Pamela Smock—a professor at the University of Michigan—was subjected to a Title IX investigation after several of her students made complaints of inappropriate conduct. These complaints were made after Smock had questioned the authenticity of a student’s work product. Despite a finding by the university that Smock’s alleged conduct did not create a “sexually hostile environment,” the Dean of Smock’s department sanctioned her for three years, freezing Smock’s salary—among other punishments. At a later grievance hearing, the university also alleged that Smock had violated the university’s civility policy and ultimately upheld the sanctions. At this point, Smock filed a Complaint in the Eastern District of Michigan alleging—among other things—two First Amendment claims: a facial challenge to the civility policy and a retaliation claim. The court dismissed both First Amendment claims on November 19, 2018. However, the case is ongoing and—from the docket—it appears that discovery dates have been scheduled through 2020.
Dr. Allan Josephson spoke at an event hosted by the Heritage Foundation in 2017 and made remarks concerning gender dysphoria in children that angered several colleagues. Weeks later, the university gave into the demands of Dr. Josephson’s colleagues and demoted him to a junior faculty member. In 2019, the school announced that it would not be renewing Dr. Josephson’s contract, a highly unusual decision that practically equates to the firing of Dr. Josephson. On March 28, 2019, Dr. Josephson filed a Complaint in the Western District of Kentucky alleging retaliation by the university in violation of the First Amendment.
A long-standing employment dispute between Dr. Klaassen and the University of Kansas Medical Center (KUMC) eventually turned into a contentious lawsuit. Dr. Klaassen, a long-time tenured professor at the university, claimed that the university retaliated against him in violation of the First Amendment for various comments, outbursts, and other speech made over his decades as a professor. The school placed Dr. Klaassen on administrative leave multiple times and eventually terminated his employment based on his erratic behavior and speech. The District Court of Kansas held that Dr. Klaassen’s alleged “speech” was not protected by the First Amendment, granting summary judgment to KUMC. Dr. Klaassen appealed the decision to the Tenth Circuit on October 30, 2018.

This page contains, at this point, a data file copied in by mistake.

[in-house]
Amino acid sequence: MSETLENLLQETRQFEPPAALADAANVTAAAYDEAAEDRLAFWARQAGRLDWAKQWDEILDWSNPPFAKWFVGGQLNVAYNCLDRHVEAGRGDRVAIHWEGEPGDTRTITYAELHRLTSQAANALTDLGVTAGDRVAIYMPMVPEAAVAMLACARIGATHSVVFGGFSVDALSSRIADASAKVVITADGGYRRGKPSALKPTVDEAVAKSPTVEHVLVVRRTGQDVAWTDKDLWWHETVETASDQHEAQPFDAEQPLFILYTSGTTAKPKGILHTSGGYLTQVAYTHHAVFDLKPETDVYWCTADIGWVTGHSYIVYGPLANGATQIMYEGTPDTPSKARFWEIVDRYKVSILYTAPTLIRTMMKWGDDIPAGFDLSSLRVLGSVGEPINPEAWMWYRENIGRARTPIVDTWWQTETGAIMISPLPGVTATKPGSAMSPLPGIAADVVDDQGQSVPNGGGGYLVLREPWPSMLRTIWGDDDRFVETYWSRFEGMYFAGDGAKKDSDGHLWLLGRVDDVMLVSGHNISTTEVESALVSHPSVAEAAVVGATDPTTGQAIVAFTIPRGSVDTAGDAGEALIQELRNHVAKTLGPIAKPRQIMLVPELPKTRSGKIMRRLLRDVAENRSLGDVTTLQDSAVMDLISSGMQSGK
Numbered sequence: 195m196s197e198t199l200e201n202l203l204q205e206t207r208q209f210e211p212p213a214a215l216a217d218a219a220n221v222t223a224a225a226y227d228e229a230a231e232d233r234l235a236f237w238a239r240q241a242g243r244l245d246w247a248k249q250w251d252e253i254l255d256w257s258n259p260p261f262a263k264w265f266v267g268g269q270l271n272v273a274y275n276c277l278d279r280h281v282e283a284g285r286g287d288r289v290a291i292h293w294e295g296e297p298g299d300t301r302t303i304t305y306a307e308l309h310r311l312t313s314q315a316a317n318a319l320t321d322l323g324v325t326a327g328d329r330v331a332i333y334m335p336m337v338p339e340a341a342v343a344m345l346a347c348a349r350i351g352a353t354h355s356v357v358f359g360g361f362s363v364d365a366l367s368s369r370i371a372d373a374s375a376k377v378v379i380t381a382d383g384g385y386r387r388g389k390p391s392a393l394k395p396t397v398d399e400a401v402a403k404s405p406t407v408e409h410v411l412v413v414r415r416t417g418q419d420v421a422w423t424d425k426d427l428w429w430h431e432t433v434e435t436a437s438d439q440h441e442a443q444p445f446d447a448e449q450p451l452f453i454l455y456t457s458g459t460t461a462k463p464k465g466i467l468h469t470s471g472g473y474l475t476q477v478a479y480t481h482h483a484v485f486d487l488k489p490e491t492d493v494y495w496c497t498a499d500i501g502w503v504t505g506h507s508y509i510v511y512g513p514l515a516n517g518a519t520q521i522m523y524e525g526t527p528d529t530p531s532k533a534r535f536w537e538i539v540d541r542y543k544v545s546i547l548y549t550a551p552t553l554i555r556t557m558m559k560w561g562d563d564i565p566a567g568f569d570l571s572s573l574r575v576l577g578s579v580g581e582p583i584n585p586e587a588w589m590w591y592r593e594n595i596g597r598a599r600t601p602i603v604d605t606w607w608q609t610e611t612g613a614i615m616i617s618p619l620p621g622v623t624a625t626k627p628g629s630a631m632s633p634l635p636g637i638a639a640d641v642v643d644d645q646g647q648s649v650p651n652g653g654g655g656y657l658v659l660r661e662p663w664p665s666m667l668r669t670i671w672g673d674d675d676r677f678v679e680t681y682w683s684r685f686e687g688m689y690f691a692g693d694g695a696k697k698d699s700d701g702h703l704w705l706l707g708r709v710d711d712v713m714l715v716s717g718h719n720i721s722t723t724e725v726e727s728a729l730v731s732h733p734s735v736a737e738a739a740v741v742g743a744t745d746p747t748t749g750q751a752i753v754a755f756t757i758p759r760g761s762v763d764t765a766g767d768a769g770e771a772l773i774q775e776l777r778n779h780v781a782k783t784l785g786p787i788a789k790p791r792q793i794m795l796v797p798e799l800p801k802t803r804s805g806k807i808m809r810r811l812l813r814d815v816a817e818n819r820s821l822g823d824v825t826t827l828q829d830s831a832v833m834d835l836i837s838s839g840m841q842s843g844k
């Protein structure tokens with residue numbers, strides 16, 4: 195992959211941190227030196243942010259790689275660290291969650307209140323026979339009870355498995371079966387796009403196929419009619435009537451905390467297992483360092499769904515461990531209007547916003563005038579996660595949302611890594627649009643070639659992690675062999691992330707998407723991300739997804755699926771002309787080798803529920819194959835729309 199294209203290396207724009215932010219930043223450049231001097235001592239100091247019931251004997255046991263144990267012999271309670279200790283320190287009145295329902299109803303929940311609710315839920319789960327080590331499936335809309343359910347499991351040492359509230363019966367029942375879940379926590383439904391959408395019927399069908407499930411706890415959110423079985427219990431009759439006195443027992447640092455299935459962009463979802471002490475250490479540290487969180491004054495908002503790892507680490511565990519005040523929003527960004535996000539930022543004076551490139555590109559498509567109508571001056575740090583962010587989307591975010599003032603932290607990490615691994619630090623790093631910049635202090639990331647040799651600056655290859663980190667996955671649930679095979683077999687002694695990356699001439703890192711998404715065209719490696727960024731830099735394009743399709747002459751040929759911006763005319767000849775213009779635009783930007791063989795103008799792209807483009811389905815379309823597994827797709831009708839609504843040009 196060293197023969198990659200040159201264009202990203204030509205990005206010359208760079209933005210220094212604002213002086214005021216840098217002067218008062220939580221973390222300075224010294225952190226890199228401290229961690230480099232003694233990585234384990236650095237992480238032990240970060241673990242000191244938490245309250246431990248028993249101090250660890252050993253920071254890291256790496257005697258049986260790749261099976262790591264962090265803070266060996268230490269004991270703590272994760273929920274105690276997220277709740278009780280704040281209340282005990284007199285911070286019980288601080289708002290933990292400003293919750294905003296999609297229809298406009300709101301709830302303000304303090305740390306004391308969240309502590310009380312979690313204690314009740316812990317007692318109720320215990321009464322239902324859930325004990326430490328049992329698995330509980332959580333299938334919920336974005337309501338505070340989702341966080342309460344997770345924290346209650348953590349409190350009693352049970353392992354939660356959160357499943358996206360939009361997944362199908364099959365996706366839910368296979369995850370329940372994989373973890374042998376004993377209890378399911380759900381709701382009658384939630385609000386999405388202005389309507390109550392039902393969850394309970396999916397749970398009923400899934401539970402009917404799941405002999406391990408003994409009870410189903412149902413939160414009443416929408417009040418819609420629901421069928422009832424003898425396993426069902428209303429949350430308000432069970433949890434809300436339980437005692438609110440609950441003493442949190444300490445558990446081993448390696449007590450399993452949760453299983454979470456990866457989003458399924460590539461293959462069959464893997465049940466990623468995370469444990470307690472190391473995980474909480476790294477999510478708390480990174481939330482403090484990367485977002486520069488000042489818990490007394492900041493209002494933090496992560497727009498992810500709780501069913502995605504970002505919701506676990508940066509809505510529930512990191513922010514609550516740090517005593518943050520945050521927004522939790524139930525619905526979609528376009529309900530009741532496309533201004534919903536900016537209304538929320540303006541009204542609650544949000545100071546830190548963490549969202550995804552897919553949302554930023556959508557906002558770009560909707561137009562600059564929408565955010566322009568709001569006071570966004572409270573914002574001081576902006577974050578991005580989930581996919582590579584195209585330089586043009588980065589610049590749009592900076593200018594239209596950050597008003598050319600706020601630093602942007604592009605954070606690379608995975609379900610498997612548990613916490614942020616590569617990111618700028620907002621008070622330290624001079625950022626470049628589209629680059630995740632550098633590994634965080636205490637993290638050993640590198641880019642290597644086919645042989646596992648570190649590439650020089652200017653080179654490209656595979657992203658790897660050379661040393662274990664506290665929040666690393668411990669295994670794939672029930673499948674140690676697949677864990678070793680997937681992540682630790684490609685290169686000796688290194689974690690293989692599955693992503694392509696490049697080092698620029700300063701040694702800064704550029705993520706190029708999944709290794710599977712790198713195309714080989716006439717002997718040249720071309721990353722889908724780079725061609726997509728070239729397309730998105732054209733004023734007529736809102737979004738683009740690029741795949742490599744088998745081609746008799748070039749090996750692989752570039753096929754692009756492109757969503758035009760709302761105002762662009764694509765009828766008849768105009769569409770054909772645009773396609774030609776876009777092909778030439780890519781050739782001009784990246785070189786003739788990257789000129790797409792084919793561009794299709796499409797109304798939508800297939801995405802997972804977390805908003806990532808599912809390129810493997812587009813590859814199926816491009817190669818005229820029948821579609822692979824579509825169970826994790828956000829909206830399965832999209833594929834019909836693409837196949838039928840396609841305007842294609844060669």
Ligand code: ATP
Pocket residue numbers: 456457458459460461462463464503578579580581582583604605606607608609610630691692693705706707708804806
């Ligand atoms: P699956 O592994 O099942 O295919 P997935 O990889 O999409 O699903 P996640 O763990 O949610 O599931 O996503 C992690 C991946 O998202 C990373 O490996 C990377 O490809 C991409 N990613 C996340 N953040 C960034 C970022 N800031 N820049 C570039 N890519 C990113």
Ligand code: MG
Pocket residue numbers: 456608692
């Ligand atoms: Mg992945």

Allen Howell joined the Millersville University of Pennsylvania music department as an associate professor in August, 2014. Allegedly, other faculty members were not pleased with his hiring. As a result, these faculty members and the university began retaliating against him for (1) critical comments he made about the University and (2) for alerting the University to gender-based harassment that occurred in one of his classes. Howell filed suit in the Eastern District of Pennsylvania and in 2018 the Third Circuit held that Howell had not adequately pled a prima facie First Amendment retaliation case. Following this ruling, the district court dismissed Howell’s renewed objections as moot in 2019, closing the case.
David Demers, a professor at Washington State University (“WSU”), alleged that university administrators took punitive actions towards him–such as a disciplinary warning–in retaliation of Demers’ distribution of his personal writings. After eight-years of litigation, the Ninth Circuit eventually held that such writings related to a matter of public concern and were therefore eligible for protection under the First Amendment, subject to further fact-finding at the District Court. Following this decision, Demers settled with the defendants for $120,000.
A professor at Marquette published a post on his personal blog criticizing the manner in which a graduate-student philosophy instructor interacted with one of her students. He was subsequently suspended and filed suit against the university.
Jason Jorjani, a prominent figure in the alt-right movement, was terminated after he was recorded by an undercover activist making racist statements.
Two professors who ran a blog that was critical of Chicago State University sued the school under §1983 for instituting overbroad and vague computer usage and harassment policies, as well as taking retaliatory action against them for running the blog.
On January 21, 2016, tenured education professor Teresa Buchanan filed a federal civil rights lawsuit against the president of Louisiana State University and other top administrators for violating her free speech and due process rights by firing her in 2015. Buchanan was fired for her alleged occasional use of profanity and sexual language in preparing […]
Sociology adjunct is fired from private university after tweeting that Hurricane Harvey “felt like” Karma for Texas residents who voted for Republicans.